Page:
Centenary of Polish Immigration
At the end of the 18th century, Poland lost its independence and did not regain it until 1919. In the meantime, the Polish territory experienced several waves of diasporas – or Polonias as the Poles say. The first French Polonia was political: it began in the early 1830s, after the failure of the insurrection of 1830-1831, and continued until 1870 with successive uprisings against the Russian occupiers and the repression that ensues. During these forty years, around 30,000 Poles settled in France. Coming from the wealthy strata of society, they laid the foundations of a lasting cultural presence, reinforced at the end of the 19th century by the arrival of artists, intellectuals and scientists: Maria Skłodowska, who will be remembered as Mary Curie, took up residence in Paris in 1891.
At the beginning of the 20th century came the time of economic migration. With prosperity, France needed labor, particularly in the mining sector: in 1909, a first wave of Polish miners came to work in the mines of Nord and Pas-de-Calais.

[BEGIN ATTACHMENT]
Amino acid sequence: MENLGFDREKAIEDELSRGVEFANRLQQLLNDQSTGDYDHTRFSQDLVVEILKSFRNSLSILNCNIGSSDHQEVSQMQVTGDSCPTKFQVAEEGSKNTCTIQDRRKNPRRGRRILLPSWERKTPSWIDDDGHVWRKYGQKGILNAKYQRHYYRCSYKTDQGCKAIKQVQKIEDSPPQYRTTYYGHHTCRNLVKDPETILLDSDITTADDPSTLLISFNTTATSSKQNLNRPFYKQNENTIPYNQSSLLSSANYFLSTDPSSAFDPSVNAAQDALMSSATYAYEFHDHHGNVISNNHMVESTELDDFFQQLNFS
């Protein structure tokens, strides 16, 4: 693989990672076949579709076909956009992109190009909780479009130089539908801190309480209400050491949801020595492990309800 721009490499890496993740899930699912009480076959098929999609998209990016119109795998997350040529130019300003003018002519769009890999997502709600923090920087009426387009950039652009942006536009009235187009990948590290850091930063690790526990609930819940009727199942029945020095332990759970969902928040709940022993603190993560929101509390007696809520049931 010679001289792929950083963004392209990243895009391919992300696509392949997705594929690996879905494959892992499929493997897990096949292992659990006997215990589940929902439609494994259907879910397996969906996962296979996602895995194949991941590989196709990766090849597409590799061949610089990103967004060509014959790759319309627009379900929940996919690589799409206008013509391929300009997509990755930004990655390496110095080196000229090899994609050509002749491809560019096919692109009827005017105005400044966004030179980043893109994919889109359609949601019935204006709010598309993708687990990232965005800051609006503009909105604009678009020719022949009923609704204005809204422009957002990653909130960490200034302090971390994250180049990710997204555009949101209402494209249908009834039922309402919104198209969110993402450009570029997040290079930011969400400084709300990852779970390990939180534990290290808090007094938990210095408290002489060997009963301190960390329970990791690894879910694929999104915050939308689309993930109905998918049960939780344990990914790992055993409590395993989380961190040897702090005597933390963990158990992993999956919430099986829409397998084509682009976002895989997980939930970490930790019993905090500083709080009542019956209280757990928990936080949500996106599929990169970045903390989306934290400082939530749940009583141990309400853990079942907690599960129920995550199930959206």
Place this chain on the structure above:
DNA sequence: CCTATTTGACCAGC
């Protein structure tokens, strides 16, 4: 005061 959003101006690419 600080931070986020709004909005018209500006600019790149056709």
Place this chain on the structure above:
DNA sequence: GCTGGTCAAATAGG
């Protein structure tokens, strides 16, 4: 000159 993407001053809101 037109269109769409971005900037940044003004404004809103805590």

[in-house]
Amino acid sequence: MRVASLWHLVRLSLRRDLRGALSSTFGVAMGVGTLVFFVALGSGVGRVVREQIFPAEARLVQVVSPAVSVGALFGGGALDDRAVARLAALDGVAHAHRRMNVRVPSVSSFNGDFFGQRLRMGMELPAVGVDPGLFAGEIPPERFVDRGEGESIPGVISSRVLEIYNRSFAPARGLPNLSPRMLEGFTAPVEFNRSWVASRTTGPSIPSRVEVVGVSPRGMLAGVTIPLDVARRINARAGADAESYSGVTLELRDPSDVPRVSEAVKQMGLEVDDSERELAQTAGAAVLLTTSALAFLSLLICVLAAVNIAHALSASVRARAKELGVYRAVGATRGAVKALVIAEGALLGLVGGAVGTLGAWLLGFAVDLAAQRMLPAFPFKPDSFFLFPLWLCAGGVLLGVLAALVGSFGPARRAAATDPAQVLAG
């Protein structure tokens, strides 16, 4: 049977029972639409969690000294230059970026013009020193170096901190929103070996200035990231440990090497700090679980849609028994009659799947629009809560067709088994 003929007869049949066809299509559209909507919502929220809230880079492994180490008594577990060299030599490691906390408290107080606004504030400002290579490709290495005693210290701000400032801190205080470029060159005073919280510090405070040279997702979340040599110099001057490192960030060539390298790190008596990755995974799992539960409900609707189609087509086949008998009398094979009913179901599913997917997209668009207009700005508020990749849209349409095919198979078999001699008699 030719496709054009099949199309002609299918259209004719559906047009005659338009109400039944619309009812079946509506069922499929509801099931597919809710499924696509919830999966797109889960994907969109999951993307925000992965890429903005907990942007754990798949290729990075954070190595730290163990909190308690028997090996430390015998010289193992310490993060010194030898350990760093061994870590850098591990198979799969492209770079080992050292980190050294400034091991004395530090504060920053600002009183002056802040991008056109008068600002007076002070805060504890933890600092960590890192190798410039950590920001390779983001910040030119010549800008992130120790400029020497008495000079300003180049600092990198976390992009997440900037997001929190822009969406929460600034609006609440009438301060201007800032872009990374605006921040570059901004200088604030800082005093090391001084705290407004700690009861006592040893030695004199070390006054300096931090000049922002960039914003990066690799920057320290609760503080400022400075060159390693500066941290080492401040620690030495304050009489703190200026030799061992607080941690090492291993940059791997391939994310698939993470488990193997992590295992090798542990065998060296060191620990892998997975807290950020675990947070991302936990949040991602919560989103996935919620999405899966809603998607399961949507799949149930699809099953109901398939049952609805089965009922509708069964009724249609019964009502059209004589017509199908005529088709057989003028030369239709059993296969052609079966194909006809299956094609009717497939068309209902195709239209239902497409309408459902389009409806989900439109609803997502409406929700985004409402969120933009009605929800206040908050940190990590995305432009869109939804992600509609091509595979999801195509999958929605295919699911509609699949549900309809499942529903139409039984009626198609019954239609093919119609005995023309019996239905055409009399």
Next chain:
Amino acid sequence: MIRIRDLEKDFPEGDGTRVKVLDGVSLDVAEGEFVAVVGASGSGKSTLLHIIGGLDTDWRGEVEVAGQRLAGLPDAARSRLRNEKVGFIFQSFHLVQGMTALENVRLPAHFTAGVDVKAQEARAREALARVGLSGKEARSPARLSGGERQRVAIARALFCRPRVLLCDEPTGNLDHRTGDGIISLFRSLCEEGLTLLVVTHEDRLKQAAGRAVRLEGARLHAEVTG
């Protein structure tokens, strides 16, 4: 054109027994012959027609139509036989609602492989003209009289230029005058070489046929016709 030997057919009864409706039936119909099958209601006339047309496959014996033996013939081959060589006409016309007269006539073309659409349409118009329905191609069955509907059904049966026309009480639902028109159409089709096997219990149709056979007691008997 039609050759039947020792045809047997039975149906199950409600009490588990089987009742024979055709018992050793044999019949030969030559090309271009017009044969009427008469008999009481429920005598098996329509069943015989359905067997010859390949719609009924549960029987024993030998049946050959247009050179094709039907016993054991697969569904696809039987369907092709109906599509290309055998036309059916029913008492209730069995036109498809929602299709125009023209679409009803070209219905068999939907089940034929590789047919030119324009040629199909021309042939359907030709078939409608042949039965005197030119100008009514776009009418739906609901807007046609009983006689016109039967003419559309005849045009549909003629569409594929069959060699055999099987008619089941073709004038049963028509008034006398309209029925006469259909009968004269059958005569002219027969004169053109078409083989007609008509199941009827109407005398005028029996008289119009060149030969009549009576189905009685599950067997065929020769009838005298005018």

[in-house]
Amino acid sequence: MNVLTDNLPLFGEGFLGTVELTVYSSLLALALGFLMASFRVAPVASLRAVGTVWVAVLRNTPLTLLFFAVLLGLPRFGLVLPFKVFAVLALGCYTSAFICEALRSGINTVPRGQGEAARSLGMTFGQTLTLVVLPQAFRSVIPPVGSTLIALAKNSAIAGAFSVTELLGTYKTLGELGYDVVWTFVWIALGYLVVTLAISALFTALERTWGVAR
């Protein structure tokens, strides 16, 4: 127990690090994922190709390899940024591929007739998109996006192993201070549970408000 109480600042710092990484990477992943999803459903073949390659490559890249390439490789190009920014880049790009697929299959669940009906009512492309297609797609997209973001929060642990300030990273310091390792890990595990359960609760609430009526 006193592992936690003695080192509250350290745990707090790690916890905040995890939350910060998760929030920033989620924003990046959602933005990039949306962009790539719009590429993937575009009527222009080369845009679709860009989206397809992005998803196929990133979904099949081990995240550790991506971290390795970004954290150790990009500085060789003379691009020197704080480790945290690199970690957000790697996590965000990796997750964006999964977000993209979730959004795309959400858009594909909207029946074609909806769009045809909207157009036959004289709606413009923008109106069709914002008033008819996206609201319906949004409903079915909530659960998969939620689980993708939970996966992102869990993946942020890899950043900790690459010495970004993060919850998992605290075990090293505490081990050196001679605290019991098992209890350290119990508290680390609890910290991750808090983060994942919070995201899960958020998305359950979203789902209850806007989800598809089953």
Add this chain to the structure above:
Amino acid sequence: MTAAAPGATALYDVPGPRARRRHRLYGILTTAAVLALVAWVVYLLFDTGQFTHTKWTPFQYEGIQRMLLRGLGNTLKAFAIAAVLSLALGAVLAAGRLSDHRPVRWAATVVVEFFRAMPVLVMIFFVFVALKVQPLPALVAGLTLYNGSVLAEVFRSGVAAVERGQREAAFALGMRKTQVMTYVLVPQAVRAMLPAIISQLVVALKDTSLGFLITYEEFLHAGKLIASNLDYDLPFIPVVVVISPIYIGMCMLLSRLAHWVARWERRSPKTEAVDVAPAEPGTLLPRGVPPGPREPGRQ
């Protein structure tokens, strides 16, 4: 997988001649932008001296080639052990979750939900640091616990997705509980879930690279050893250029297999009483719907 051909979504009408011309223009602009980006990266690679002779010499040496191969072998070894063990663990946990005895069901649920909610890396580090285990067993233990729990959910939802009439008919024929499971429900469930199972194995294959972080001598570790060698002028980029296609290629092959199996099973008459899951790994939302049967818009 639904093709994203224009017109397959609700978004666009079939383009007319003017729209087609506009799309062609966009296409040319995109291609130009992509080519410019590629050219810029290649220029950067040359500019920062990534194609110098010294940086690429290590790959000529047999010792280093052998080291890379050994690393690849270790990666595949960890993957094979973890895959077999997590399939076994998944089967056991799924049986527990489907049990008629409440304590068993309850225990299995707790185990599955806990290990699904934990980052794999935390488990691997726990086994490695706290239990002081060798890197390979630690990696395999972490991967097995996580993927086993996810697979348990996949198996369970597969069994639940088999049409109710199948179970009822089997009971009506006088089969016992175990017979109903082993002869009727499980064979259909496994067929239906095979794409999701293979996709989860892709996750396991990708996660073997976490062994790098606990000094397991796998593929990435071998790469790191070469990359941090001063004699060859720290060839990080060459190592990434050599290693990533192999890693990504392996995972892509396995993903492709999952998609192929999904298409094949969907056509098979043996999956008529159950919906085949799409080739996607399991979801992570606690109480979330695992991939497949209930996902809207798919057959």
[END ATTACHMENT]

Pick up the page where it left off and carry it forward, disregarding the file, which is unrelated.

On the eve of the First World War, however, only 10,000 minors of Polish origin were present on French territory. It was between the wars that the Polish presence in France became truly massive. Paradoxically, while 1923 saw the definitive return of peace to Poland, it was the year when the greatest number of Poles settle in France: more than 154,000 of the 500,000 who will cross the French borders in the 1920s. Although this immigration dried up with the crisis of the 1930s, ties remained strong between the two countries: hundreds of thousands Poles have settled in France, where they have contributed to spreading Polish culture.